Rebuilding Together

Communal Truths to Anchor Shifting Emotions

by Adam McClendon April 4, 2019

"Now these were the people of the province who came up out of the captivity of those exiles whom Nebuchadnezzar the king of Babylon had carried captive to Babylonia. They returned to Jerusalem and Judah, each to his own town. " - Ezra 2:1

God made us emotional beings, but we must anchor those feeling in the truth. What we feel is real, but it may not be fact. For such reasons, truth is important for us. Truth helps anchor our emotions and feelings unanchored from truth lead us astray.​

I was struck with these thoughts recently while studying Ezra 2. The covenant faithfulness of God is emphasized throughout the book. Chapter 2 captures this reality in detail showing the names of many people who came back to Judah after captivity in Babylon.

While in captivity, some of these people would have developed deep relationships, friendships, possessions, networked work relations, trading routes, and entertainment habits. Others would have had deep wounds and pains from the abuse and neglect they experienced while in captivity. Yet, these people walked away from all the horrors and honors of captivity to choose to be with God’s people in God’s place. ​

Now, the text doesn’t tell us how everyone felt, but we can speculate a little here. Just think of how you would feel after being gone for 70 years, or being born in captivity and hearing stories of going back home. Think of the nerves, fears, excitement, and other emotions you’d experience. ​​In the experiences we see in Nehemiah, two important "truth anchors" for our feelings stand out:

1.) I might feel alone, but I am not alone.

We are often tempted to think we are the only ones going through a hard time, serving, or sacrificing, but that’s not true. Just as God had called 42,000 plus to go back to work the Promised Land (Ezra 2:64) and just as God preserved 7,000 who had not bowed to Baal (1 Kgs 19:18), so God has called others to labor in his field. The fact that I may be unaware of them, their doubts, their sacrifices, their pains, struggles, or successes, doesn’t mean they do not exist. ​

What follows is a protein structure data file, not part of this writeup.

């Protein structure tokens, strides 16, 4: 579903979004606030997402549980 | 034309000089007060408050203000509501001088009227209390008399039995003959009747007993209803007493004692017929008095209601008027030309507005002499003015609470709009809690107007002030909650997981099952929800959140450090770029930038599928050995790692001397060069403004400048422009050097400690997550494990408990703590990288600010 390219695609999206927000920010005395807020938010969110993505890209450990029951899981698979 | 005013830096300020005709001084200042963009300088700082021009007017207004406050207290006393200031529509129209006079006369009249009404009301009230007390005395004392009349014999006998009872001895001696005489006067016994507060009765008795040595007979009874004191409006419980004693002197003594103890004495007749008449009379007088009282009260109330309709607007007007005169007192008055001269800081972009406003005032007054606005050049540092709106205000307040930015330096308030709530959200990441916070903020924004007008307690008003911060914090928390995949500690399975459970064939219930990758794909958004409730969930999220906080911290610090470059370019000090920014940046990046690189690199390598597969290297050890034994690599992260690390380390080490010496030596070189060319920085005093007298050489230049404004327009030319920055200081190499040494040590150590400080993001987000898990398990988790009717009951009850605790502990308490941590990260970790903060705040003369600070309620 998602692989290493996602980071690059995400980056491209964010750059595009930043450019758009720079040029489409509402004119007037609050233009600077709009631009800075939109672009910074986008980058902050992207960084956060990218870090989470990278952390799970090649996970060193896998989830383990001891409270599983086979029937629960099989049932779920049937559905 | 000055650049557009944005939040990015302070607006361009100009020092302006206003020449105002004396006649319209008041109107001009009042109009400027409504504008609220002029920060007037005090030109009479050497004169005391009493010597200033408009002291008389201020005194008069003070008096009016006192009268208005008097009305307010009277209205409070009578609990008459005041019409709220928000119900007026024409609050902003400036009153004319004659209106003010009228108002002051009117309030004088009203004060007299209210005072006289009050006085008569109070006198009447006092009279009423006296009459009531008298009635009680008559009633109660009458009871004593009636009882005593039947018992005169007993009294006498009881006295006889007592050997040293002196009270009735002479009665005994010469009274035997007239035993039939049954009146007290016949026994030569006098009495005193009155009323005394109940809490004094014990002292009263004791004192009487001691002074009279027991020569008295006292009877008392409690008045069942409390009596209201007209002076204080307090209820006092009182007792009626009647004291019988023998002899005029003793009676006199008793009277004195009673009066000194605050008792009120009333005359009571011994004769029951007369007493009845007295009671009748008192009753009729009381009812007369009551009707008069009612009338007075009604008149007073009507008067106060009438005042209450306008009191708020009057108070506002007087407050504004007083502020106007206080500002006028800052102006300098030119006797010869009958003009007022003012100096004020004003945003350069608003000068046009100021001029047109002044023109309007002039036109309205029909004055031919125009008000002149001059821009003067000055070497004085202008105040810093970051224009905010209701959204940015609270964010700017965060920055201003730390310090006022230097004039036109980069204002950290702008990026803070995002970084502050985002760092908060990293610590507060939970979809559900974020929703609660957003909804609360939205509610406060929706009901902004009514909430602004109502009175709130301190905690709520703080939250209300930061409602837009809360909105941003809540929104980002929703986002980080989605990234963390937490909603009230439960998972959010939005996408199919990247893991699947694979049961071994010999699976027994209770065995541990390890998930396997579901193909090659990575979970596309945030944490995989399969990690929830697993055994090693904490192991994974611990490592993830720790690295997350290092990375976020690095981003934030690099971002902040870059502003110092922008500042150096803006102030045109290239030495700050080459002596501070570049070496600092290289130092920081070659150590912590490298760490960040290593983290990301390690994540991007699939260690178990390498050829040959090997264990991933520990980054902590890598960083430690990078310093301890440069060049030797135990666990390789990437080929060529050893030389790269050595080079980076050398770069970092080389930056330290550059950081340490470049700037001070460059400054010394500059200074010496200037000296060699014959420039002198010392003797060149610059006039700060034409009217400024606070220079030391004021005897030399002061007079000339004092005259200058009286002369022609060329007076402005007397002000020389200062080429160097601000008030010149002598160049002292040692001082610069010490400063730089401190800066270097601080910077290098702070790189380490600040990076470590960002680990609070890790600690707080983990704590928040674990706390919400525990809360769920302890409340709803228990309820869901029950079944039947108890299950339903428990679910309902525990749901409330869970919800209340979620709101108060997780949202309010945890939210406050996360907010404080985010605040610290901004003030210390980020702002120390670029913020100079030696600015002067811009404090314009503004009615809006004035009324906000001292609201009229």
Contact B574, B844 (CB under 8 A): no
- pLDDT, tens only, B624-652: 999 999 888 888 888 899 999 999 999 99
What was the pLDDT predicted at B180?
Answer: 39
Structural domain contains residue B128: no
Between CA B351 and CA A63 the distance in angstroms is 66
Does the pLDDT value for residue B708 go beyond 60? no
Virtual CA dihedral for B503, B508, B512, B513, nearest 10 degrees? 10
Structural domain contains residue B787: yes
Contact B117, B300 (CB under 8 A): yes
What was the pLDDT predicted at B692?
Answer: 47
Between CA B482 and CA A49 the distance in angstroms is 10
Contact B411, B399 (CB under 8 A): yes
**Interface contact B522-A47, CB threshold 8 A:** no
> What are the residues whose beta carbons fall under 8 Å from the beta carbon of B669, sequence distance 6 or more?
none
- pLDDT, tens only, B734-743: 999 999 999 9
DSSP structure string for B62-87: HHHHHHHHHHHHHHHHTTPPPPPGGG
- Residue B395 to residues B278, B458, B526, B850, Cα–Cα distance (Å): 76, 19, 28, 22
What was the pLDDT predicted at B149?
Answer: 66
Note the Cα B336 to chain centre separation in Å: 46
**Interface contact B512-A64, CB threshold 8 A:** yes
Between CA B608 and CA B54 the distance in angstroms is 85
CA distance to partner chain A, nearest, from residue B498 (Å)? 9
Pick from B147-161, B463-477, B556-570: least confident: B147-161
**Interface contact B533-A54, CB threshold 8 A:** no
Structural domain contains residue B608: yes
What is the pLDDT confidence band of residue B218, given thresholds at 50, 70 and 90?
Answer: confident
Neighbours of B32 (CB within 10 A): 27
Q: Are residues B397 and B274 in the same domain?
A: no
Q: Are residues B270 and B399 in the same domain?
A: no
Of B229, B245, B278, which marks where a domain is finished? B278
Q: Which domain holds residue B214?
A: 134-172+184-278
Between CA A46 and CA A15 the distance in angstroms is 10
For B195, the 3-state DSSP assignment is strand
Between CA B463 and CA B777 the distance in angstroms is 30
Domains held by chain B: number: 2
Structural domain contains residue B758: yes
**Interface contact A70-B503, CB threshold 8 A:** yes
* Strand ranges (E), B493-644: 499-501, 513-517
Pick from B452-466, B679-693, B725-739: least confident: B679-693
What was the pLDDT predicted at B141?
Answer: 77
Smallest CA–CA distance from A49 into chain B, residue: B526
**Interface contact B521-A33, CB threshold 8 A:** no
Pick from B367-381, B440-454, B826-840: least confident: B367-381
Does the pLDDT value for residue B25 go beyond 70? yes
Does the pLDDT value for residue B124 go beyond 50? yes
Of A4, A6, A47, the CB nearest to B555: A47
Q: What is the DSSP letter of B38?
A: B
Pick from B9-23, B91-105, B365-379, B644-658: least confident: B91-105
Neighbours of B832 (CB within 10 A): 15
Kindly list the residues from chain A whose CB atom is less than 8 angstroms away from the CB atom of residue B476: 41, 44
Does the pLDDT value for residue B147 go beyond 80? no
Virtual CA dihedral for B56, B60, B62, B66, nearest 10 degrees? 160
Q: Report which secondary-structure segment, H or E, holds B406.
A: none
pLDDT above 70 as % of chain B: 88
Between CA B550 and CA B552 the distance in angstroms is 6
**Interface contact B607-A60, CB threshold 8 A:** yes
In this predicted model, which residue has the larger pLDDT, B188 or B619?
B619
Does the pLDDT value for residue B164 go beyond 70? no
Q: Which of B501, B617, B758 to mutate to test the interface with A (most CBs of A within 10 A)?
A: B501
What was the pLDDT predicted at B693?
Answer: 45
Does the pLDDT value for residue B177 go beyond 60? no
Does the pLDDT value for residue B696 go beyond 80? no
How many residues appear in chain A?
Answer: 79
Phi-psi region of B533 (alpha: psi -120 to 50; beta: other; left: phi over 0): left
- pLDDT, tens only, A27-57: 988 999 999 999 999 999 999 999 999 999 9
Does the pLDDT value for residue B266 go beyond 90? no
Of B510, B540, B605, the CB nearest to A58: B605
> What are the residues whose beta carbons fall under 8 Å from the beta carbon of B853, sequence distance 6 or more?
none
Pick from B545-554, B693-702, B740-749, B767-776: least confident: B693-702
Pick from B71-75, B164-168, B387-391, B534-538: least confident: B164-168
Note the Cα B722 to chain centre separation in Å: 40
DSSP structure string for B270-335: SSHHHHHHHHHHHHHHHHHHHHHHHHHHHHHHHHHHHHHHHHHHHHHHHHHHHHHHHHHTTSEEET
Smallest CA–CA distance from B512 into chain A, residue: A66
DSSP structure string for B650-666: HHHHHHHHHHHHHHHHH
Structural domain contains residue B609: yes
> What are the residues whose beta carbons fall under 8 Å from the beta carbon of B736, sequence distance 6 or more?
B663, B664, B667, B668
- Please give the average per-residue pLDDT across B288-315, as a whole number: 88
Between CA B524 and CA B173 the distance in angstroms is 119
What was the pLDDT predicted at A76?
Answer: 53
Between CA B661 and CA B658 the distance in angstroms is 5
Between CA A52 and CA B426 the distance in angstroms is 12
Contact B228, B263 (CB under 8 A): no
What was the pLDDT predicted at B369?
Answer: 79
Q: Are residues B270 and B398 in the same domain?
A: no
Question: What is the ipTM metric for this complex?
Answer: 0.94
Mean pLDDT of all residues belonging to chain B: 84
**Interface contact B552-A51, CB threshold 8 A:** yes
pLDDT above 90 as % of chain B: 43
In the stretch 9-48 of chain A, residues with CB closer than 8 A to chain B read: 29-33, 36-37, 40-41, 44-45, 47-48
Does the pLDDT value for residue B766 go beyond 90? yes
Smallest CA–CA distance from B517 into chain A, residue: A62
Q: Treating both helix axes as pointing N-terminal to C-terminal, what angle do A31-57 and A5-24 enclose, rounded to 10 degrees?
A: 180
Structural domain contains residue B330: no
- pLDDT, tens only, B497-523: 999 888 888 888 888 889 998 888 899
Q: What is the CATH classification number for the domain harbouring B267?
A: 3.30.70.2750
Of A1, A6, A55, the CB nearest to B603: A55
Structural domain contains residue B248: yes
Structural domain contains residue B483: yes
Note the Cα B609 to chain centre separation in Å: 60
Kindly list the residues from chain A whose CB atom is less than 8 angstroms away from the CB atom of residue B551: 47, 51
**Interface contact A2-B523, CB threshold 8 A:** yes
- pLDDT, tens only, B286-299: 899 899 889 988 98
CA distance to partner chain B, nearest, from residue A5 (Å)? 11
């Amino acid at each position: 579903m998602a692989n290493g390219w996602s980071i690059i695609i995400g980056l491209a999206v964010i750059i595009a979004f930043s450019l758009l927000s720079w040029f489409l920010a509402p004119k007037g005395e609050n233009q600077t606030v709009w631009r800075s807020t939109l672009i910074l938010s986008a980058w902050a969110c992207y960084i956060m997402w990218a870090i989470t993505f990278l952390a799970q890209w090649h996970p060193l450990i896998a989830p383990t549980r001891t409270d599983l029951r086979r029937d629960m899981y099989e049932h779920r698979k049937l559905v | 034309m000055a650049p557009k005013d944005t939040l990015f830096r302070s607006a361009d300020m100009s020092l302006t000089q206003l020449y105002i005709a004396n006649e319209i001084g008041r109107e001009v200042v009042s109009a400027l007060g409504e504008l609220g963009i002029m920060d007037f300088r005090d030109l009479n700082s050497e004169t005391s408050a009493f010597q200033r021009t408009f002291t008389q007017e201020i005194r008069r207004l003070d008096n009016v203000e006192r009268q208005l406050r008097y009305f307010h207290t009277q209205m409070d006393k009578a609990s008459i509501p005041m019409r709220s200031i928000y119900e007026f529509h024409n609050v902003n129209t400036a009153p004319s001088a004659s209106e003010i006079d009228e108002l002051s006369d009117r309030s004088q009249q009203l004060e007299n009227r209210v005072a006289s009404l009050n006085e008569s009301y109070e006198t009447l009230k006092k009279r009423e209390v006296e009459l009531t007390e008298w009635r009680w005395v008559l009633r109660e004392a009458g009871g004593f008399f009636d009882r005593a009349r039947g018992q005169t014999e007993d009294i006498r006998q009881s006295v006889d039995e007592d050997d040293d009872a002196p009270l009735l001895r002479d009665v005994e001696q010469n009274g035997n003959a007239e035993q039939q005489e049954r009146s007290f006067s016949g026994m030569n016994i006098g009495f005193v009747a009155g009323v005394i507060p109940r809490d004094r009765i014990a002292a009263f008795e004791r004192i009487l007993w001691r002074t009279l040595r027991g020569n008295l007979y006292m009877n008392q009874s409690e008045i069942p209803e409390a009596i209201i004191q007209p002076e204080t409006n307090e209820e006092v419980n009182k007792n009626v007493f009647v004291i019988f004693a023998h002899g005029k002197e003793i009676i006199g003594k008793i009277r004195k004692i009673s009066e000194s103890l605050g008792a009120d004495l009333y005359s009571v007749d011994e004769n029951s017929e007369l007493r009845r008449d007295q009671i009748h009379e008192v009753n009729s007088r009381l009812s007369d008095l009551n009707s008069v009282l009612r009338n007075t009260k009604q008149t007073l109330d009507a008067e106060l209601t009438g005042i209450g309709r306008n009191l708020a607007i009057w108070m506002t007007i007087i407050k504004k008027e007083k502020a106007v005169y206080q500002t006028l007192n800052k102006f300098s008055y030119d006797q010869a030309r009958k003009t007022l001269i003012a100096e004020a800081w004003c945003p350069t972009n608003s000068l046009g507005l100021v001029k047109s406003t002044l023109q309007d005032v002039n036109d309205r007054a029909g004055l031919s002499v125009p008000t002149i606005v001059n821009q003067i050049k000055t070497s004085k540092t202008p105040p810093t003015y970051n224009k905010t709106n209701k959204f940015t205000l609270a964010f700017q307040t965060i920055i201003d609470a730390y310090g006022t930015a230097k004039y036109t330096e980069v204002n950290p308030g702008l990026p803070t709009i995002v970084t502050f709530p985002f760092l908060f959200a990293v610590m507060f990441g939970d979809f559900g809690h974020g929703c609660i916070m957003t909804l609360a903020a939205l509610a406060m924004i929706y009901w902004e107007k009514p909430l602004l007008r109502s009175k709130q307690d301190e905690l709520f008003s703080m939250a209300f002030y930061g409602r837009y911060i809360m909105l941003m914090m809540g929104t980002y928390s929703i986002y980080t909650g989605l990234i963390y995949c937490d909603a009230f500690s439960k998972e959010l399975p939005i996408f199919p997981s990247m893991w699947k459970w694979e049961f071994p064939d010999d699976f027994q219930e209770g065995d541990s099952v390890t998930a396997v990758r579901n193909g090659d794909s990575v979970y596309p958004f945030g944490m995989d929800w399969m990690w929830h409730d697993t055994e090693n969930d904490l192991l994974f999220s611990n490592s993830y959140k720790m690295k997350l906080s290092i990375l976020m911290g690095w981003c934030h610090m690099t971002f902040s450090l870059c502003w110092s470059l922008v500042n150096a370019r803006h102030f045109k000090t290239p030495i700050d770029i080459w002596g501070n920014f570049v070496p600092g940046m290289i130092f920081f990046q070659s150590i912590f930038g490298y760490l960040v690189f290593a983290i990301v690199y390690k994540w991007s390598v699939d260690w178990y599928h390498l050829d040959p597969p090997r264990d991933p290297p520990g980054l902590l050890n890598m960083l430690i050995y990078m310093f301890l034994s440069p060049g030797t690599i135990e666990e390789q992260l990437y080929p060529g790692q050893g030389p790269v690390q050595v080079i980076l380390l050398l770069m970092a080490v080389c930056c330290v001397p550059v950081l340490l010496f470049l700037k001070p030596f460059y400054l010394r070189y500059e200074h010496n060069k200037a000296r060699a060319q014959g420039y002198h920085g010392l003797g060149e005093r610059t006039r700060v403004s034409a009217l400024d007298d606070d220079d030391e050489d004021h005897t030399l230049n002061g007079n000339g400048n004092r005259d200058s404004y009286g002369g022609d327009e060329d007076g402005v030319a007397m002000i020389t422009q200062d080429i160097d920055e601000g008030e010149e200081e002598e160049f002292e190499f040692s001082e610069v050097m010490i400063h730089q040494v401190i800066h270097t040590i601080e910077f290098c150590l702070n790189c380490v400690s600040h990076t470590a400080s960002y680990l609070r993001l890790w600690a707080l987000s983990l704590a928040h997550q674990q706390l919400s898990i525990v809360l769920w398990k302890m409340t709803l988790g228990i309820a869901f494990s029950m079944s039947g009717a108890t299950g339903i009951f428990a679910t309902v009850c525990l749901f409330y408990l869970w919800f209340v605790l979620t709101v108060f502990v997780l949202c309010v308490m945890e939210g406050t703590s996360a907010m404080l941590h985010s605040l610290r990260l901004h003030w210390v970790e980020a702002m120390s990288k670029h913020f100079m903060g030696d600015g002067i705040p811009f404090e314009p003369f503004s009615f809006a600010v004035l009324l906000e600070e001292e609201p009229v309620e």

I have a tendency of looking in the mirror as if I’m the only one versus looking out a window at the world around me. I have a natural tendency to think I’m alone, but it’s not true. The truth is that God is with me, and he has given me a group of people with whom to walk through life: the church. In the church, I have a group of people who want to walk home with me. ​

2.) This might feel like home, but this is not my home.

Verse one explained that after everyone arrived in Judah, they each went to their own home. But, there’s a problem: it wasn’t their home any more. They are under the rule of Cyrus, which became abundantly clear in chapter four when he issues a cease-and-desist order making them halt work on the temple. Though they are seeking to serve God, they are under the influence of a pagan ruler.

For us, Jesus has secured the victory, but there are still consequences from living in a sinful world until the end comes. The world is a passing place we travail together. God wants us as the church to faithfully serve and abide in community while we await Jesus, who will establish the fullness of his kingdom - a kingdom we will enjoy and call home. As 1 Corinthians 15:24–26 confirmed, “Then comes the end, when he delivers the kingdom to God the Father after destroying every rule and every authority and power. For he must reign until he has put all his enemies under his feet. The last enemy to be destroyed is death.” 

While I have feelings of isolation and complacency at times, I must anchor my thoughts and actions in truth. The truth is: I get to walk in community while anticipating life in my present-and-future home. ​​